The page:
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Old 05-18-2015, 01:57 PM   #6
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You might want to check with the propane generator supplier to be sure it can run on the low pressure (11 inch water pressure) side of your trailer. Most have a regulator as part of the kit & I don't know if it is the same pressure.

As to the oxygen concentrator, it depends on whatmake & model you have. My late wife's drew close to 1000 watts running, but there are models that draw less.

With the high power oxygen concentrators, you will probaably have to choose between the AC and the concentrator....
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Old 05-18-2015, 02:04 PM   #7
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Myron,
The A/C and generator debate was one that we had while developing our build list. We wanted A/C, but do indeed boondock around AZ and Southern CA.
We decided that when A/C is really necessary, we would go to shore power locations. So we got A/C.
SO that left the generator question: we id'ed two uses: (1)to run A/C (and microwave) in lieu of shore power; (2)emergency generator for home.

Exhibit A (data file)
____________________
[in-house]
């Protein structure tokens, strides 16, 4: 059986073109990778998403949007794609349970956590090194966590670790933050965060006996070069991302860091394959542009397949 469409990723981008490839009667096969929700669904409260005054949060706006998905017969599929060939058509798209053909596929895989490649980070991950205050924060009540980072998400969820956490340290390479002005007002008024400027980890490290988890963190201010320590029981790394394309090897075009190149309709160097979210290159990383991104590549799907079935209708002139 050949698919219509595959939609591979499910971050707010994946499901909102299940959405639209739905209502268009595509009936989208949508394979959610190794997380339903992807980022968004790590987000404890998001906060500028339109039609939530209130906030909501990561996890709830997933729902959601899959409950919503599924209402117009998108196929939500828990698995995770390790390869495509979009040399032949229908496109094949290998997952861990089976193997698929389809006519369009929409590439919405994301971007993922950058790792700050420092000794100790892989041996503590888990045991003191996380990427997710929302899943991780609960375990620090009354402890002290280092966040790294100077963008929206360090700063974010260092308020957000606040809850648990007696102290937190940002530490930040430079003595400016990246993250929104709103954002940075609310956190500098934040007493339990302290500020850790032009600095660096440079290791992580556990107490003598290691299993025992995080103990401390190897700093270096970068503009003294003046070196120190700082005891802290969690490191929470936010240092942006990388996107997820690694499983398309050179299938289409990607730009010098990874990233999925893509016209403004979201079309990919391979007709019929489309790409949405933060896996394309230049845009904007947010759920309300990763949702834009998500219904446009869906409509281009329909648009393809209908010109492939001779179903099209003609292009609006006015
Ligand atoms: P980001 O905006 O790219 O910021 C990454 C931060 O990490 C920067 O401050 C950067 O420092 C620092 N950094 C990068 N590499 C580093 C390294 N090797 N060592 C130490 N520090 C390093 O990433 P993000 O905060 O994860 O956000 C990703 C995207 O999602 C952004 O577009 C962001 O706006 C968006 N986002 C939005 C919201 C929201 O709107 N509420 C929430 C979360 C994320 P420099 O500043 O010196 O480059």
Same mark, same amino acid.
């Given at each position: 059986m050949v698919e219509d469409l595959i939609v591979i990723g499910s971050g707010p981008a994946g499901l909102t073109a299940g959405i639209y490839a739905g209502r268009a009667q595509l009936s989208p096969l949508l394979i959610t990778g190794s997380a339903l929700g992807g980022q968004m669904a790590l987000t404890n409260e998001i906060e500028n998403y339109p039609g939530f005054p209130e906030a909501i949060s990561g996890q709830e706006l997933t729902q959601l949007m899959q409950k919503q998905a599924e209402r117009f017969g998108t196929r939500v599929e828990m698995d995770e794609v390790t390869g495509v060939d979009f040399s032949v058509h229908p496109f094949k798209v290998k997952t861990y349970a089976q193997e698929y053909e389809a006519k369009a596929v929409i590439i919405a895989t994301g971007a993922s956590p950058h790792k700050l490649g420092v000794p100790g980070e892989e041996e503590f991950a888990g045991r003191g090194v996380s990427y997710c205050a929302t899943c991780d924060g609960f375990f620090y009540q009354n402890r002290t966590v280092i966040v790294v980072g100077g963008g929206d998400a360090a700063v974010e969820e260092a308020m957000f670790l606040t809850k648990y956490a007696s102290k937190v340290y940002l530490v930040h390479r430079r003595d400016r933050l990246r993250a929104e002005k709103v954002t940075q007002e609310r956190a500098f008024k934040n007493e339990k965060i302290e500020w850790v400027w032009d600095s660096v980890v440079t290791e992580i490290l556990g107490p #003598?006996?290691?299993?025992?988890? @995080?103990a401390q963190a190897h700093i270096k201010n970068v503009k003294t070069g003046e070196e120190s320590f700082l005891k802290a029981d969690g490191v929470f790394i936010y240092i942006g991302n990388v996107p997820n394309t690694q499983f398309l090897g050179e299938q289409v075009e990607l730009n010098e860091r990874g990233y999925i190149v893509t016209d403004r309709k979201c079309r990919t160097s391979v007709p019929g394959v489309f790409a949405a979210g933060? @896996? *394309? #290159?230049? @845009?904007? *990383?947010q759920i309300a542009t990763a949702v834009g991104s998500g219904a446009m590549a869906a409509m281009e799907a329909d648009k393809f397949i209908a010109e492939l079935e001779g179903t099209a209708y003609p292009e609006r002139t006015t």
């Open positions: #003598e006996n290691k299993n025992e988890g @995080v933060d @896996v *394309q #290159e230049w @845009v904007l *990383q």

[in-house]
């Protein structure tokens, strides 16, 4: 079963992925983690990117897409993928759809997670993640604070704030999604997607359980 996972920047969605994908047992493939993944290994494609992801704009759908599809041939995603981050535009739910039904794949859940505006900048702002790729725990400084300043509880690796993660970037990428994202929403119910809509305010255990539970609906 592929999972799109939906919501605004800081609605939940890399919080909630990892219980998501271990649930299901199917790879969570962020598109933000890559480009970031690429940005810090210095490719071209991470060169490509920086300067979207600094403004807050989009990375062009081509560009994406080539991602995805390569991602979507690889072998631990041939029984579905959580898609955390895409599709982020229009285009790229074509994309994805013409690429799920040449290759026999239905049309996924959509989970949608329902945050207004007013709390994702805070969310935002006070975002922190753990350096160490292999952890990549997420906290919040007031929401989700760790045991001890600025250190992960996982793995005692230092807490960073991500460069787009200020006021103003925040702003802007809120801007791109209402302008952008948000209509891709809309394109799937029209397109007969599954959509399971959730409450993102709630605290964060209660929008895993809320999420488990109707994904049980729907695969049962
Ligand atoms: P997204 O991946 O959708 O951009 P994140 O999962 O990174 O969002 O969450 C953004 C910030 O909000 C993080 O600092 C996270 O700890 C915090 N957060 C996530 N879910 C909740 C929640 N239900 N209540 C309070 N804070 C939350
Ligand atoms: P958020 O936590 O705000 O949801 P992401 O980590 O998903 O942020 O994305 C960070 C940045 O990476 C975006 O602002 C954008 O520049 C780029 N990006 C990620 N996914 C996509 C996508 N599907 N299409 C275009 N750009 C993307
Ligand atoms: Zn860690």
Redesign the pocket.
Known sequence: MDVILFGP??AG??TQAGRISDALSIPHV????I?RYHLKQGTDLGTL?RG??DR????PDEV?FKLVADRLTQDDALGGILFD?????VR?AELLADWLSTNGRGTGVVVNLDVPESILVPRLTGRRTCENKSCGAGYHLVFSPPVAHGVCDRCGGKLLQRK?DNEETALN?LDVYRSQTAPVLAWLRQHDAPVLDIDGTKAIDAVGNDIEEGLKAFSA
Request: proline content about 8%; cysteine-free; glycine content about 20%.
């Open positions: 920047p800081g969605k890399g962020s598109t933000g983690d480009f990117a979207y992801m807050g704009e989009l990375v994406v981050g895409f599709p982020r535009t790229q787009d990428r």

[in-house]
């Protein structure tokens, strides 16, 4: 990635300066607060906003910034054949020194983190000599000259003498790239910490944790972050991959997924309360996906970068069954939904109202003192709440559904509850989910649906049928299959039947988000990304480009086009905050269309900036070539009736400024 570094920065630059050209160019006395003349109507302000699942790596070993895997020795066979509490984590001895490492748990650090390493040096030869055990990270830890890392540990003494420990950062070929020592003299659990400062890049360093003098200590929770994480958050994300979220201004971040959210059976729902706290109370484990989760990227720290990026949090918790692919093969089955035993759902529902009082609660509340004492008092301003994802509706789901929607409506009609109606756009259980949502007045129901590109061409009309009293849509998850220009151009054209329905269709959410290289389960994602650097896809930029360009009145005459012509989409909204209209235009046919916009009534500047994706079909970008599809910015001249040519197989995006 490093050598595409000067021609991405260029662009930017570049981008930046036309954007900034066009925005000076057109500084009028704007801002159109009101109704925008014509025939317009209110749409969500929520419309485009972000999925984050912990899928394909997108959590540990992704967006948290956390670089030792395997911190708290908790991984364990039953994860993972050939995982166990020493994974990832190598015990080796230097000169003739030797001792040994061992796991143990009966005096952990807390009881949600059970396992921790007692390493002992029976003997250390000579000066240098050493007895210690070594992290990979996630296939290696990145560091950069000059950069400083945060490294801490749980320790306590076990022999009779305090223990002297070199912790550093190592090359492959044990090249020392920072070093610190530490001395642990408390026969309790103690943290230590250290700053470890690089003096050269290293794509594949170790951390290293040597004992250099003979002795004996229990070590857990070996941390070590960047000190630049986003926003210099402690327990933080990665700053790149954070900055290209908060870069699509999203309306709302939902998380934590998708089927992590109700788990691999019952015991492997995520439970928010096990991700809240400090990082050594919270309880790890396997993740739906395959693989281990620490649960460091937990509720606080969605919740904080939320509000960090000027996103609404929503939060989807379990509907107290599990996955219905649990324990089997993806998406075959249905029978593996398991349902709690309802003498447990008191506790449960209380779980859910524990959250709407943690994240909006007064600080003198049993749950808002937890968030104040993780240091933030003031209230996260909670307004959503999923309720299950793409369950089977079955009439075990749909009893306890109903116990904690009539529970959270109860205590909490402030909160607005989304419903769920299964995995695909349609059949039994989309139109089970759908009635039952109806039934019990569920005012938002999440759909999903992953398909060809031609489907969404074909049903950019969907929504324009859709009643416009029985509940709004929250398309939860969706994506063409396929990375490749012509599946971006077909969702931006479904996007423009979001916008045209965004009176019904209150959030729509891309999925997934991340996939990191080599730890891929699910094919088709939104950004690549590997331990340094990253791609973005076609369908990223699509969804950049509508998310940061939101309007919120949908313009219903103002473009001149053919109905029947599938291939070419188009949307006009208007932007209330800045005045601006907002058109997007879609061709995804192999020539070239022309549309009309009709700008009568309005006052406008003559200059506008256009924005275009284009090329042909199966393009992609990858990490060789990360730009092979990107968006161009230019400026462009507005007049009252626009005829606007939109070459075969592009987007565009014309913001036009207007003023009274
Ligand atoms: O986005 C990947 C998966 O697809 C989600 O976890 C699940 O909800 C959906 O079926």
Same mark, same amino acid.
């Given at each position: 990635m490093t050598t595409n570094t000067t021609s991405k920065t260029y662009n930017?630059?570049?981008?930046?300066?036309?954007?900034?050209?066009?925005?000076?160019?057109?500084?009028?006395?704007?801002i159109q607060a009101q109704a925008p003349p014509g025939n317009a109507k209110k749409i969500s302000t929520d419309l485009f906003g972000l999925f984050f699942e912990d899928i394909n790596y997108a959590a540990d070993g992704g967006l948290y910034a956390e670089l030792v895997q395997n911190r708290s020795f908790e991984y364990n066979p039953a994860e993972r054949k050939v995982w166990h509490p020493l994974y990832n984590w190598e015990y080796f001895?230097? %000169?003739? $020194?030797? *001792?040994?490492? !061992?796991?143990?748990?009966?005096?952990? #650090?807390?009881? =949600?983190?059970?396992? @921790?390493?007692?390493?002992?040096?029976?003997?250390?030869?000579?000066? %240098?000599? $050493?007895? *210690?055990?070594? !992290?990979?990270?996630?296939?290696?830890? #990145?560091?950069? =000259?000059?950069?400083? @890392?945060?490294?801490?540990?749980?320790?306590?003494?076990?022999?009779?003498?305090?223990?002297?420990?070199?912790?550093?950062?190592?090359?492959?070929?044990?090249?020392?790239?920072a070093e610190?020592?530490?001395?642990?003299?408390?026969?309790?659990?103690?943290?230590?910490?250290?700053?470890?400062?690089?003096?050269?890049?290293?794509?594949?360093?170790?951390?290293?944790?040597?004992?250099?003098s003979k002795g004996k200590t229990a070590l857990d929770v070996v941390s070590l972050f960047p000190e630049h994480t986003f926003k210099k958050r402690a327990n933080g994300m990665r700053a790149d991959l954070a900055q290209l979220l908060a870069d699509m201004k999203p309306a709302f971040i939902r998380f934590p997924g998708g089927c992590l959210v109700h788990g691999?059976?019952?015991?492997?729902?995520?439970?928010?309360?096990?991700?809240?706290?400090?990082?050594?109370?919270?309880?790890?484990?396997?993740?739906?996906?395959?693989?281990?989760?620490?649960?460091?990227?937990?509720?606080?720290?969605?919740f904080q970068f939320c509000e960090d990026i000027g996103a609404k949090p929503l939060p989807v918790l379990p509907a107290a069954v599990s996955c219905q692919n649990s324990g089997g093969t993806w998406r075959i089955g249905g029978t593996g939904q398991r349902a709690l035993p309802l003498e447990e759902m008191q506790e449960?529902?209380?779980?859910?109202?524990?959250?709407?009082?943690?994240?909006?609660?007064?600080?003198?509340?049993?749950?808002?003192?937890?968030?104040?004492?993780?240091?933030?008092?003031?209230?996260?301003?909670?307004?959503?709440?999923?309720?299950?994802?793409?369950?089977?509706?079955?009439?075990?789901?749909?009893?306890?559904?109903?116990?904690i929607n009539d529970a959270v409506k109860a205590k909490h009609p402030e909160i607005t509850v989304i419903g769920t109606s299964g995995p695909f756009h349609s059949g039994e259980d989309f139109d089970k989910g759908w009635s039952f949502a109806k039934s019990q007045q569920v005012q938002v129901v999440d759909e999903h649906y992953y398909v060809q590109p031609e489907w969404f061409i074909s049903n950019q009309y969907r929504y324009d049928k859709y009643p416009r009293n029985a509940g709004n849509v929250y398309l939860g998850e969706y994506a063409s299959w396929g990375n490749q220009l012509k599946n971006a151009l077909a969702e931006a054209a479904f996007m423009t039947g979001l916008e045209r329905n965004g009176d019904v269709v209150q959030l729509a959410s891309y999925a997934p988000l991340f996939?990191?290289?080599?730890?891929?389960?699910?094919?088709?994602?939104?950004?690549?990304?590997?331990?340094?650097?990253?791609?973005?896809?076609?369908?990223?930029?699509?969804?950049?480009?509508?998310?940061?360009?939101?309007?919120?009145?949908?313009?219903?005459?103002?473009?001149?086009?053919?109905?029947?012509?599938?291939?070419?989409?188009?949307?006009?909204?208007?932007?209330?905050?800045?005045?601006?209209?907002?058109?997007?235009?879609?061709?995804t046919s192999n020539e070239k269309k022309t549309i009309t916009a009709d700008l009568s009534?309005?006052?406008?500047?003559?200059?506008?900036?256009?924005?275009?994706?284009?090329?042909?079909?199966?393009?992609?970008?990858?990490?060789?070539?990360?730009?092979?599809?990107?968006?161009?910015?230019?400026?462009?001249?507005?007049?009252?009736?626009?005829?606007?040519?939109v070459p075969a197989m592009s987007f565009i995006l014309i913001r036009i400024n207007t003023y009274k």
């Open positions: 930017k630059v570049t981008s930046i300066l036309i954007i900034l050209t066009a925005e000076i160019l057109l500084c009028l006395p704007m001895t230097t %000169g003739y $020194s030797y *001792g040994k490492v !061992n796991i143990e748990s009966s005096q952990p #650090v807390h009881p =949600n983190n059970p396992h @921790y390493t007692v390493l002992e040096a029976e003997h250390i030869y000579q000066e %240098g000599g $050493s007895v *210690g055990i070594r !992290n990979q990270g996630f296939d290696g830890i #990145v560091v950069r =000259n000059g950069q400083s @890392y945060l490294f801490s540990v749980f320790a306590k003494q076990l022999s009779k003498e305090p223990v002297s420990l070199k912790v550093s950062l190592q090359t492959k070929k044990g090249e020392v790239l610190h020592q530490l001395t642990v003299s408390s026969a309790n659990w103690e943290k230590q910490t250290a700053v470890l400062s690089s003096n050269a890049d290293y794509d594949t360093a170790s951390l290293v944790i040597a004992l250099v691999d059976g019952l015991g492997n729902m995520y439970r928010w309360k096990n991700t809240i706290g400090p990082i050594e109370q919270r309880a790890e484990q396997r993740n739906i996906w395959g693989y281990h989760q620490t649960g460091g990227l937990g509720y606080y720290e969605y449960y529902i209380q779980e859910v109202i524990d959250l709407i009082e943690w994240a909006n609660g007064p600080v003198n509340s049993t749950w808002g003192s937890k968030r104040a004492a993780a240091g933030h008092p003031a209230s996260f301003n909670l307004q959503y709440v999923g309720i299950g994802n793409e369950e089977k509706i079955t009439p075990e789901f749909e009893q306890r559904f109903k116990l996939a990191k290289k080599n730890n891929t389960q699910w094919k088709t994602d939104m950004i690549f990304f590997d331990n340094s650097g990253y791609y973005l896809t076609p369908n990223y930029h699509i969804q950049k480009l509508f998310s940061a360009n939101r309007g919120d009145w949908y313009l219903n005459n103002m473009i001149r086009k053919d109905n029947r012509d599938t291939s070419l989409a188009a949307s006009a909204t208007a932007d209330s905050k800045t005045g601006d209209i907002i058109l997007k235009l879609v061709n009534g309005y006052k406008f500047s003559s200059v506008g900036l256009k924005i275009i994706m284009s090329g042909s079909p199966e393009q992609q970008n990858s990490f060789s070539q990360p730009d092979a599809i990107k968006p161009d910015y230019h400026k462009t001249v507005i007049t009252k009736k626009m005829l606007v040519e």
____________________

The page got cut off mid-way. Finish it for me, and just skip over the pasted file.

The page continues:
I found conversion kits to modify Honda 2000i's to 3 way-gasoline/propane/natural gas. So it could work off the trailer supply, or from our home nat.gas for emergencies.
So far, we've shelved the idea as too expensive to do for now, and we really don't like generator noise around when we camp, so probably would not use it. But, if we find a good deal, we may go for it for emergencies.
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Old 05-18-2015, 02:46 PM   #8
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I cannot find anything definitive but be aware that propane has about 10% less energy per pound than gasoline. I *believe* that bifuel generators should be derated by 10% when using propane. See the following for some evidence (but no clear cut answer) of this: https://powersuite.cummins.com/PS5/P...ets/a-1399.pdf
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Old 05-18-2015, 03:29 PM   #9
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Propane does have less energy per unit volume than gasoline (because it is less dense), but slightly more energy per unit mass than gasoline.

That doesn't really matter to power output, anyway. The output of an engine converted to LPG (propane) is typically lower because the fuel is delivered in vapour form through a carburettor, displacing air, in contrast to gasoline which is delivered as a spray of liquid droplets. There's simply more air+fuel mixture going into the gasoline engine (carburetted or fuel injected) than into a carburetted propane engine. I doubt anyone sells a small general-purpose engine for uses such as an RV generator which has liquid propane injection; certainly a Honda generator with an RV conversion kit won't have liquid injection.

The end result is that, yes, a non-turbocharged engine converted from gasoline to propane without internal modifications will have a lower peak power output.
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Old 05-18-2015, 03:47 PM   #10